“I am committed to returning Bruce’s Beach to the Bruce family, but I cannot do so without this legislation,” Hahn, whose district includes Manhattan Beach, said in a statement Thursday. “I have been so moved by the overwhelming support we have had for this effort in Sacramento. Finally, this bill is heading to Governor Newsom’s desk. Not only do I urge him to sign it, but I also think that it would mean so much if he signed it at Bruce’s Beach.

It is not yet known if Newsom would. But he is due to travel to nearby Long Beach on Monday, Sept. 13, for a campaign rally with President Joe Biden in a bid to avoid a recall.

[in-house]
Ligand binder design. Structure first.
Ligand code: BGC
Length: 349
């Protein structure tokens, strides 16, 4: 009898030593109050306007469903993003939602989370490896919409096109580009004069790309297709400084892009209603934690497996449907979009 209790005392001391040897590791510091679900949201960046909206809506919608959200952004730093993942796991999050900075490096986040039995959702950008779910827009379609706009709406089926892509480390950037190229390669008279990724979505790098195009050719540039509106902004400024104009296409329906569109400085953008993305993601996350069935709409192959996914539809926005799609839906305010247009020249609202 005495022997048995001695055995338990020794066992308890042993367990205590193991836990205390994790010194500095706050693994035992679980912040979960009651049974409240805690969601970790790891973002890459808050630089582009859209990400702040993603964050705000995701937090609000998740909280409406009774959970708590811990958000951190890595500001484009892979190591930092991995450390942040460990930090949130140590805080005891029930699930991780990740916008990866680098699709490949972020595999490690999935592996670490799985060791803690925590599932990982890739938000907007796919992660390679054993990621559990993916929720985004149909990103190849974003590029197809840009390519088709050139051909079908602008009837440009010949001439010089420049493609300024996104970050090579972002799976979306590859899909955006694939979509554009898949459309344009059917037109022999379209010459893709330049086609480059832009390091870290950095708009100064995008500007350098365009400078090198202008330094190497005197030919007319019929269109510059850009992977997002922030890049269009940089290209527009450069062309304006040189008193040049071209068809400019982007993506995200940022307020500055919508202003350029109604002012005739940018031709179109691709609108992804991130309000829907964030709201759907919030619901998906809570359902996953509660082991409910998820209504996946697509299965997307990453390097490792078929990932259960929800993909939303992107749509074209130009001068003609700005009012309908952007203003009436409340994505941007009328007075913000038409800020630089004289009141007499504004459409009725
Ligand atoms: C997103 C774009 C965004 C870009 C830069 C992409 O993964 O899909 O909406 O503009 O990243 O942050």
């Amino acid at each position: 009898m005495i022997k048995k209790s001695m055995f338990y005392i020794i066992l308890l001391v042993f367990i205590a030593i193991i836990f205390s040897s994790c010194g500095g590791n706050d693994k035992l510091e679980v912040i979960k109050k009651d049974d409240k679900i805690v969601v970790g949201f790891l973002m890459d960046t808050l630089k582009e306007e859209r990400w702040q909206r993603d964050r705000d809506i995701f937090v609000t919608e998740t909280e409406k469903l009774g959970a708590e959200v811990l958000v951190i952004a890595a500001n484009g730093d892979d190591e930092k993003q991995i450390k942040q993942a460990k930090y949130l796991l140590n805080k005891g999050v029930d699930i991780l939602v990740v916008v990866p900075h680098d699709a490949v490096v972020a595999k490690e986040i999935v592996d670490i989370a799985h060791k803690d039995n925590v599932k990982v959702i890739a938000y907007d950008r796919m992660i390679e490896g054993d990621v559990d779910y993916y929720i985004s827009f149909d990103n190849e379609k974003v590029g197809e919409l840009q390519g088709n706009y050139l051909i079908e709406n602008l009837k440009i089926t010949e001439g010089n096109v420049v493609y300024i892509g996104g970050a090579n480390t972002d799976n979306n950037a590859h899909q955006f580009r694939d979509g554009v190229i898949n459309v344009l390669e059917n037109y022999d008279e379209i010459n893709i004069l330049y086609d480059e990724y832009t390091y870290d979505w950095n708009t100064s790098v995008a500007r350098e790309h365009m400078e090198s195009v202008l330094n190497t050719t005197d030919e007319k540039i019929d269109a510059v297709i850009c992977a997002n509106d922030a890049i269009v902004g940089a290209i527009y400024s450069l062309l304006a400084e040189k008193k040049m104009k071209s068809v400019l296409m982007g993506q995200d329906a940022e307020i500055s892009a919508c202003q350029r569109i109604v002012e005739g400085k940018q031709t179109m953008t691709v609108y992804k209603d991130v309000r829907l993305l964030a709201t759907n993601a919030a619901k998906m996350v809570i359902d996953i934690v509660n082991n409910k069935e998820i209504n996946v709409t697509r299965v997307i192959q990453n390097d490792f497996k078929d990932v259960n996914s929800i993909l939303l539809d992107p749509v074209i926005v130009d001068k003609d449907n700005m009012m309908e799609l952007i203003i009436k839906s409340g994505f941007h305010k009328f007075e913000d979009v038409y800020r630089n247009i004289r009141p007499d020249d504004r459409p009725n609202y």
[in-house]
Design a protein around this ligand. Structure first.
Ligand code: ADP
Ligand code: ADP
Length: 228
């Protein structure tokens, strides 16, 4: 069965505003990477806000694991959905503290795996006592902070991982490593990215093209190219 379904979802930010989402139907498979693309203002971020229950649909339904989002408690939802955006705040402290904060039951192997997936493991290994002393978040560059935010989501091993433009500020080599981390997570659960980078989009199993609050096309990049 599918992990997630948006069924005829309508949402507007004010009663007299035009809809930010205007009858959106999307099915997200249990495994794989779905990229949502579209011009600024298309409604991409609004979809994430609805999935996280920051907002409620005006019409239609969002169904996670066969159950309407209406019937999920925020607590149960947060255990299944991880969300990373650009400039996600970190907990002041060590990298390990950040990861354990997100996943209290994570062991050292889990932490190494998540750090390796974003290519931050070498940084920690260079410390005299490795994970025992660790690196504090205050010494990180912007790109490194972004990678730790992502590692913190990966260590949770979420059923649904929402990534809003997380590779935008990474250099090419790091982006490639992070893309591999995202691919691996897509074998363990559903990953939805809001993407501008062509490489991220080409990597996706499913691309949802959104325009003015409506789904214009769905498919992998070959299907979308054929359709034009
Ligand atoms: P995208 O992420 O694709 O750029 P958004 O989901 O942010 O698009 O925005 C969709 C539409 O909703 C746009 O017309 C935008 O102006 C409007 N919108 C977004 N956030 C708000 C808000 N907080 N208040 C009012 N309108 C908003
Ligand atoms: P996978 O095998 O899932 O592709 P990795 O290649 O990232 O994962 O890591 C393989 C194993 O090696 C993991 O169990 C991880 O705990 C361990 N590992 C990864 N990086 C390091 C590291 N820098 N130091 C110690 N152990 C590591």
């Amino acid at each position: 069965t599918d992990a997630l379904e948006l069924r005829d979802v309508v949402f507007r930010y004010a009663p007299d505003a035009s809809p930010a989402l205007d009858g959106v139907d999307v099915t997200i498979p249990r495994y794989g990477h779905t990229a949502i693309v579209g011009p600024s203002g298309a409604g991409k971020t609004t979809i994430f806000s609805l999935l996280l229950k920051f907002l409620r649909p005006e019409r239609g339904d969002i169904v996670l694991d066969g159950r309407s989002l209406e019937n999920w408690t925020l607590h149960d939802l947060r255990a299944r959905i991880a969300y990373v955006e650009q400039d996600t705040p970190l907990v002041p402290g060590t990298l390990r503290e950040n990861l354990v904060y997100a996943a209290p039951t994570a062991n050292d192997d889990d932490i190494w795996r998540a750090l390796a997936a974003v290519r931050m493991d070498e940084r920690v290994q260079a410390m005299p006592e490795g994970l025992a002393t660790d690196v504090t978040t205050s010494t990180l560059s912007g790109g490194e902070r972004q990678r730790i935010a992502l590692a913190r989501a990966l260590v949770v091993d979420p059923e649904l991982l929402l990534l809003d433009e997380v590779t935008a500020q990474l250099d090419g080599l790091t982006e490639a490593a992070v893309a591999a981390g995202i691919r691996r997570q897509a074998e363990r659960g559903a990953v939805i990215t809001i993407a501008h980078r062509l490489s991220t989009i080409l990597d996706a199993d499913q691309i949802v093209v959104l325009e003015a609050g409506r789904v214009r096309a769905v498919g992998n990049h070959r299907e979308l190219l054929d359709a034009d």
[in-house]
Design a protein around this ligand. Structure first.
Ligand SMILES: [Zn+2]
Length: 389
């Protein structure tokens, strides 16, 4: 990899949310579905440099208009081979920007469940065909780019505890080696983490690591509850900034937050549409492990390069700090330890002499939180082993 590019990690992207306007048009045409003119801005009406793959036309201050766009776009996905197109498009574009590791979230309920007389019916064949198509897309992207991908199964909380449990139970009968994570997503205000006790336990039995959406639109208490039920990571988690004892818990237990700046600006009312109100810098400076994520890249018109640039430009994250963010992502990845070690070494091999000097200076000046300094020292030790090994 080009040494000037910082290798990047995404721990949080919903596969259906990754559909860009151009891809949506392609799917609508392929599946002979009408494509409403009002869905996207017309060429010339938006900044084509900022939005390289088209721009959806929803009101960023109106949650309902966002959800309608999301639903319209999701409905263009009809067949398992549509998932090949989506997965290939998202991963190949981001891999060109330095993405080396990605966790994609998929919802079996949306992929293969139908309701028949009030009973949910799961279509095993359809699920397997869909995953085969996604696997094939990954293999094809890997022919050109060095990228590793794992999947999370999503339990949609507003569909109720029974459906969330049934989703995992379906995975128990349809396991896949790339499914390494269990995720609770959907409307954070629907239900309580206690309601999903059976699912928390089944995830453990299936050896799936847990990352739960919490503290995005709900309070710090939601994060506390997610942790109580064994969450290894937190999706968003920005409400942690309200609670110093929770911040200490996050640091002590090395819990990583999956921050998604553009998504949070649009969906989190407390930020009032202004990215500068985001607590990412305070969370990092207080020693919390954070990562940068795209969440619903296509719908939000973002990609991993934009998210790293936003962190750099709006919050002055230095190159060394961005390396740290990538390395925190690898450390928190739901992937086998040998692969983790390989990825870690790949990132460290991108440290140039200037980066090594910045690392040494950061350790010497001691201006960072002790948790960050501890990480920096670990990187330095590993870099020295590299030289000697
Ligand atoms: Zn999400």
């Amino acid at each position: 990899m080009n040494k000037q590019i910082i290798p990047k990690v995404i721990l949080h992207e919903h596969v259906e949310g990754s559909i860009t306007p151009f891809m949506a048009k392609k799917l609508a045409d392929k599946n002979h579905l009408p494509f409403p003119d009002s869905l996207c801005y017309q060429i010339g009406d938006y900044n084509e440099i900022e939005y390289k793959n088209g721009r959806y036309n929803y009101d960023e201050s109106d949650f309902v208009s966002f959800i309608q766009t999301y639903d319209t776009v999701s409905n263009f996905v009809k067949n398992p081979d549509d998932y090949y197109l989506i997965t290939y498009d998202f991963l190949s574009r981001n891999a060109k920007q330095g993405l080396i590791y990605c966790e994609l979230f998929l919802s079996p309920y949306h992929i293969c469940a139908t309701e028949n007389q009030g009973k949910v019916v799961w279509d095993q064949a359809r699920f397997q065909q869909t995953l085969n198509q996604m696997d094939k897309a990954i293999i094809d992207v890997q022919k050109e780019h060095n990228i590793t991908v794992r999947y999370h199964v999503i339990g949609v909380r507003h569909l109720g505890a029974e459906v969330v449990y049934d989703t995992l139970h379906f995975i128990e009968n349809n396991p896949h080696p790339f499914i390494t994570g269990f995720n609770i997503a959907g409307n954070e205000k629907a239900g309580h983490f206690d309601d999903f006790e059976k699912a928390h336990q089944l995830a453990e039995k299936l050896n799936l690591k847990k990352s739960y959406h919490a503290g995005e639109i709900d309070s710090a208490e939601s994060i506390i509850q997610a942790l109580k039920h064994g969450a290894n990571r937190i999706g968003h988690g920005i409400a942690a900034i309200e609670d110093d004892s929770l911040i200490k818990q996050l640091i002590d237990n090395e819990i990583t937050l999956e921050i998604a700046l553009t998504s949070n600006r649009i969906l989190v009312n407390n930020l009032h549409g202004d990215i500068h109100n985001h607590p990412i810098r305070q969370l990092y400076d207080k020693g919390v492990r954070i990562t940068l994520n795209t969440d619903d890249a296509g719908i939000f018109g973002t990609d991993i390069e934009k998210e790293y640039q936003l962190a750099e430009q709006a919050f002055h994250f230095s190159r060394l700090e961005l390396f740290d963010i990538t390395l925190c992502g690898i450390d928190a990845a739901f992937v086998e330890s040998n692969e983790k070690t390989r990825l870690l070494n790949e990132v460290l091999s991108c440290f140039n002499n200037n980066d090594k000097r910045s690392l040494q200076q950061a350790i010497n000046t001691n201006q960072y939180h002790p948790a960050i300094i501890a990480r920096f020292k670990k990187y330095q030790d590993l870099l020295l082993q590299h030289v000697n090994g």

The Los Angeles County Board of Supervisors, meanwhile, ordered officials in July to pursue an action plan to return the two plots to Bruce’s descendants.

A report on this plan, written by the office of the county CEO and the Anti-Racism, Diversity and Inclusion Initiative, detailed the complex processes involved in transferring the land, assessing the value of the property , determination of legal heirs, limitation of the burden of property tax. on the family and figure out what to do with the aid station. More details will come later this year on how to transfer the land once the state allows the county to do so.

State Director of Parks and Recreation Armando Quintero will need to amend the county’s deed by Dec. 31 to exclude the Bruce property from the land transfer restrictions that currently exist.

“It’s the first time a government has done something like this,” Hahn said in July, “and there were a lot of questions about how it would work.”